Allowing for the imbalance created by the ‘bulge’ of students, the number of more mature working age people at around 8,690 was a proportion fairly typical of Cornwall. This group are easier to engage with, having more time and wider interests than younger age groups, and is the likely source of volunteer effort and a great deal of experience to call upon. The upper end of the age range is likely to be more comfortable with traditional methods of engagement and consultation.

The figure of 4,129 older people (65+) was proportionally greater than the national figure. Likely to be very keen to become involved and often a strong source of volunteer effort. However, around 625 were 85+, likely to suffer mobility, access, and health issues that could restrict their ability to become involved in the Plan. Many of these will live in the Town’s care homes, which provide potential locations for engagement in age-appropriate ways.

The nationality, national origin, religion and ethnic group information from the Census illustrates that Falmouth is a community with little diversity. Some 94% of residents were born in the UK, compare to 86% nationally. Of the 6% of residents born abroad 41.7% came from Europe, 14.4% from Africa, 20.3% from the Middle East and Asia, 12% from the Americas and 4.2% from Oceania. There was a significantly greater proportion of white people compared to England (97.7% compared to 79.8%). This bias was reflected in the low proportions of mixed/multi ethnic people (300, or 1.4% compared to 2.3% nationally), Asian people (240, or 1.1% compared to 7.8%), and black people (47, or 0.2% compared to 3.5%). The proportions for religions such as Buddhist, Hindu, Muslim and Sikh was also very below average (205, 1% compared to 7.8%), although the proportion asserting other religions (0.8%) was higher than the national figure (0.4%). The significance of this lack of diversity is that it’s possible for minority groups to ‘disappear’ against the predominant background, and therefore to be un-engaged in the Plan process. For example in 2011 the proportion of people living in Falmouth with English as main language was 96.5% compared to 90.9% nationally. However some 1.47% of people lived in a household where no English was spoken as the main language. In absolute terms that is 140 people who may have difficulty dealing with Plan materials delivered in English.  Consideration should be given to investigating this further to see if translated Plan engagement material is required.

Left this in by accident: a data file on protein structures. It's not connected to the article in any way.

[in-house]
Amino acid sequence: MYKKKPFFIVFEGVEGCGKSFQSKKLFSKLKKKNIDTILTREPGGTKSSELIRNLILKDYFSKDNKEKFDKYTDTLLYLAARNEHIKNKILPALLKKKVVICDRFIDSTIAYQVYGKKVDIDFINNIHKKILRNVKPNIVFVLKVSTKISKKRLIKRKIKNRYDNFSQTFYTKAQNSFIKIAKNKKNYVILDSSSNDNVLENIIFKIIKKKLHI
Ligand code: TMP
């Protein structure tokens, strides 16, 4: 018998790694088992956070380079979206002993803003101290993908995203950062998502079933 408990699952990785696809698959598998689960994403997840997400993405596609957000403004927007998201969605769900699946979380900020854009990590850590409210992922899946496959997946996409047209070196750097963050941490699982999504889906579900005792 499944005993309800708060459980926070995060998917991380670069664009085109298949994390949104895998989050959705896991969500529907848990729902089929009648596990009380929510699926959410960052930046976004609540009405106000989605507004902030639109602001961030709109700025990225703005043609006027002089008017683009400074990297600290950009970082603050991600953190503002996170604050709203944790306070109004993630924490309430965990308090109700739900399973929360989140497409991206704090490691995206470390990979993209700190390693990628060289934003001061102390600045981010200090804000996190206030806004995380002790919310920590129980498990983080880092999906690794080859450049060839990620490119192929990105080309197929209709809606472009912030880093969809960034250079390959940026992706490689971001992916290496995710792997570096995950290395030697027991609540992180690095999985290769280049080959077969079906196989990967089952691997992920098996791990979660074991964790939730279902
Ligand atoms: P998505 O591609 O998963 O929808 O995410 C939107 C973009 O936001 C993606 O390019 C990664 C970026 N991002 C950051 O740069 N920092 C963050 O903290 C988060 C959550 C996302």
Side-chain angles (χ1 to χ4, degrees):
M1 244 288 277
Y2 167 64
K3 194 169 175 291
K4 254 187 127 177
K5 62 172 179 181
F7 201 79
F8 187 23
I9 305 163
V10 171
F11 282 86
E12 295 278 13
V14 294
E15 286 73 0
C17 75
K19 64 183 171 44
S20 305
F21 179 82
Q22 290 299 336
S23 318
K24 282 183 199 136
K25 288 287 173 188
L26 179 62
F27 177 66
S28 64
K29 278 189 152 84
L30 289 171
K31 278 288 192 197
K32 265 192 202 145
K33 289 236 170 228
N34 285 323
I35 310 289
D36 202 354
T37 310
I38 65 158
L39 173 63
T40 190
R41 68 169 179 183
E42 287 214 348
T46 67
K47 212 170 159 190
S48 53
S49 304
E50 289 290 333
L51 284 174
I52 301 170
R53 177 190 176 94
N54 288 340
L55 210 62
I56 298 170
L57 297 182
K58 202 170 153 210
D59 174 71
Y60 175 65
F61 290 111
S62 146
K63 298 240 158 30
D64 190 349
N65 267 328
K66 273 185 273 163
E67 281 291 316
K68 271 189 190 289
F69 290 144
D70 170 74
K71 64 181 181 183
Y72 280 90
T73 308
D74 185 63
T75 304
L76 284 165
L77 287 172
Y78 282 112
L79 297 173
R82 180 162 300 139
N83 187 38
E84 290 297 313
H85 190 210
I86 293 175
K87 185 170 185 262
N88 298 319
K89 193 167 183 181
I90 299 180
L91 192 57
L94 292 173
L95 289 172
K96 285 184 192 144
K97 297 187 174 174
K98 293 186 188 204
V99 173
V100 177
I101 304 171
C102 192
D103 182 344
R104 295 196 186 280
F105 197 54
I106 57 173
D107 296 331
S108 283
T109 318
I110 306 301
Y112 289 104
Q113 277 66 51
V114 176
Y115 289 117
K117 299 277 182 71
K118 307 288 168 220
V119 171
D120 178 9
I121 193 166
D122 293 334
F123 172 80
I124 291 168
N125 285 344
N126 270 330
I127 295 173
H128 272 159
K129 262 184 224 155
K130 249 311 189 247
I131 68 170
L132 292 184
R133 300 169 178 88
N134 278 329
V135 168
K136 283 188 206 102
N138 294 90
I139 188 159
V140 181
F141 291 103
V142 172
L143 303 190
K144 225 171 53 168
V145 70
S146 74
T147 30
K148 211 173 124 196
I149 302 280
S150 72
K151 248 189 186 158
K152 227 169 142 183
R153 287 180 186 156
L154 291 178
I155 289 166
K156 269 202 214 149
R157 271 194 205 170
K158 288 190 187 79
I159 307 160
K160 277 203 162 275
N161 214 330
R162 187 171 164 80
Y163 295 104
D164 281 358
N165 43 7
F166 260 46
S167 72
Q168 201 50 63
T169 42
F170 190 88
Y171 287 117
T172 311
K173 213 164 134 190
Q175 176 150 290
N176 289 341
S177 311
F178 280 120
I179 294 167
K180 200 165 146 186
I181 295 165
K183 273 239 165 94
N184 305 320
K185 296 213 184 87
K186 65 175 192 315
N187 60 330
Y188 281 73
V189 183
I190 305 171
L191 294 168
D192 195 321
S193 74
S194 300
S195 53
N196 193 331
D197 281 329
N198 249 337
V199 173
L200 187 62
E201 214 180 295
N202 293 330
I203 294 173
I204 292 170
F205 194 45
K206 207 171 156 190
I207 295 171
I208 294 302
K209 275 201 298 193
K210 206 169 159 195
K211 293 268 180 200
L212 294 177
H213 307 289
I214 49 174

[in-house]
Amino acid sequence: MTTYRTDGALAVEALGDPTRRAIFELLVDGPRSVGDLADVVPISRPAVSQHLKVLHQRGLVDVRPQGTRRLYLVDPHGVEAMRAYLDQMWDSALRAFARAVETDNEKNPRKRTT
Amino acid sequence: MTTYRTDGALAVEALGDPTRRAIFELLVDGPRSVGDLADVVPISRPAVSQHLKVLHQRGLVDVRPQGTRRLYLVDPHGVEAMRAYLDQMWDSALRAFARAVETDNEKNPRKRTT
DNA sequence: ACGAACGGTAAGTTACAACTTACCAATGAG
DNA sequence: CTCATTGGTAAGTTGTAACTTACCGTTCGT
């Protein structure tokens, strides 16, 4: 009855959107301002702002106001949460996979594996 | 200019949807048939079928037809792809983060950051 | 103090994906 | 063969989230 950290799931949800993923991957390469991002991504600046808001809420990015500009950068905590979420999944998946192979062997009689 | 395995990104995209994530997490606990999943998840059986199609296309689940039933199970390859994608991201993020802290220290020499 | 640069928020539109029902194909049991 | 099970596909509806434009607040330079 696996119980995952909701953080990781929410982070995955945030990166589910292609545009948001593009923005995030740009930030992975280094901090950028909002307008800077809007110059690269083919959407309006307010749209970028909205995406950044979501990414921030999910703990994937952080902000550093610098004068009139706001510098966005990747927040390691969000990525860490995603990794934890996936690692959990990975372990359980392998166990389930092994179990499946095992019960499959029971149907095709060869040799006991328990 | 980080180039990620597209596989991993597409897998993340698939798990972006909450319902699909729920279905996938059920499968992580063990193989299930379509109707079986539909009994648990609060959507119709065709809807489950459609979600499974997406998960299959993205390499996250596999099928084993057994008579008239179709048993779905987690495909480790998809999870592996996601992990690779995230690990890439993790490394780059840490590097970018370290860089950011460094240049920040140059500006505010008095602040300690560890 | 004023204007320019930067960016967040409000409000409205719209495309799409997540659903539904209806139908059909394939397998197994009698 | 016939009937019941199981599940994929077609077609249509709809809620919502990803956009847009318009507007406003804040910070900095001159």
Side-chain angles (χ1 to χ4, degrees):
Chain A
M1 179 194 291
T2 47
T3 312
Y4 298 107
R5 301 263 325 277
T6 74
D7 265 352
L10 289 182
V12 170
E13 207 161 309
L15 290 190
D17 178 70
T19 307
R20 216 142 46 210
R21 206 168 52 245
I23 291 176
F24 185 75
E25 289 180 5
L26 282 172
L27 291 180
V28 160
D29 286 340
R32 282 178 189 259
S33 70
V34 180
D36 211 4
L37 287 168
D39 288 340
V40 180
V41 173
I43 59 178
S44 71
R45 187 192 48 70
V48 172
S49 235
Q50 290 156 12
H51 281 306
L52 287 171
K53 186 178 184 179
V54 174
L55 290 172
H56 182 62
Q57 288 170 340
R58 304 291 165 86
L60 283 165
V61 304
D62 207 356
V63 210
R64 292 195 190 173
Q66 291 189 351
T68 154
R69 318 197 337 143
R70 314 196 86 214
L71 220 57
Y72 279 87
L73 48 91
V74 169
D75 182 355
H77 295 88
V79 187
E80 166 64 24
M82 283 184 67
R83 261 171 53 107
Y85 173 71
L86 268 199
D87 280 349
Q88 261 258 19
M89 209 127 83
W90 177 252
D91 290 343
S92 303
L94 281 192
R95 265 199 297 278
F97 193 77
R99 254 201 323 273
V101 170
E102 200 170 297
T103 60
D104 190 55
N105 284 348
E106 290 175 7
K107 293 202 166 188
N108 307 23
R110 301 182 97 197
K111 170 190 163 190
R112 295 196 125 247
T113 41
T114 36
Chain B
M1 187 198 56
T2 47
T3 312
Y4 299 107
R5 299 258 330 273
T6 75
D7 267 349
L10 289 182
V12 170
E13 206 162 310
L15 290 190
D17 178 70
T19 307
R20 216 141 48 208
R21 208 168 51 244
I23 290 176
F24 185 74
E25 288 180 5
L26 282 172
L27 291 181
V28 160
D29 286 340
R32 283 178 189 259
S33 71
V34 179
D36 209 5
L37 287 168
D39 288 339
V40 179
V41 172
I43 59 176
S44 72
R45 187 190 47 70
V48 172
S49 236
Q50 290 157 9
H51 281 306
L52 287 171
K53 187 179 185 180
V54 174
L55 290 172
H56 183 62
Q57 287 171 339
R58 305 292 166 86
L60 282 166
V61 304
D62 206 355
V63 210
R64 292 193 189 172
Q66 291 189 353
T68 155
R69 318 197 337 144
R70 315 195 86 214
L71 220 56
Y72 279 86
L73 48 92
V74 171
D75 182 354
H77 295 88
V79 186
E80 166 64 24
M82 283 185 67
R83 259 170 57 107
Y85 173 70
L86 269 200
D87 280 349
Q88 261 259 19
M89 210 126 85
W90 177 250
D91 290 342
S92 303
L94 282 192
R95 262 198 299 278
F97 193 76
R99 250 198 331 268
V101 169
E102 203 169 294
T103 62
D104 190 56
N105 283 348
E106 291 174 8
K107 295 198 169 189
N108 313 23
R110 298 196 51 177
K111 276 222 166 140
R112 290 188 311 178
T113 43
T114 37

In terms of health, 4,055 residents (18.6% compared to 17.6% nationally) said that their day-to-day activities were limited through ill-health. Of these 1,870 (8.6% compared to 8.3% nationally) of residents said that their day-to-day activities were limited a lot. Of these, 775, or 41.4% were of working age (compared to 43.7% nationally). Some 2,638 households (27.7% of total) had at least 1 person with long-term health problems or disability. These figures suggest that there is a sizeable proportion of residents who through ill health or disability may find it difficult to become engaged in the Plan unless measures are taken to respond, such as the use of accessible event space, larger print leaflets, or engagement through existing support groups.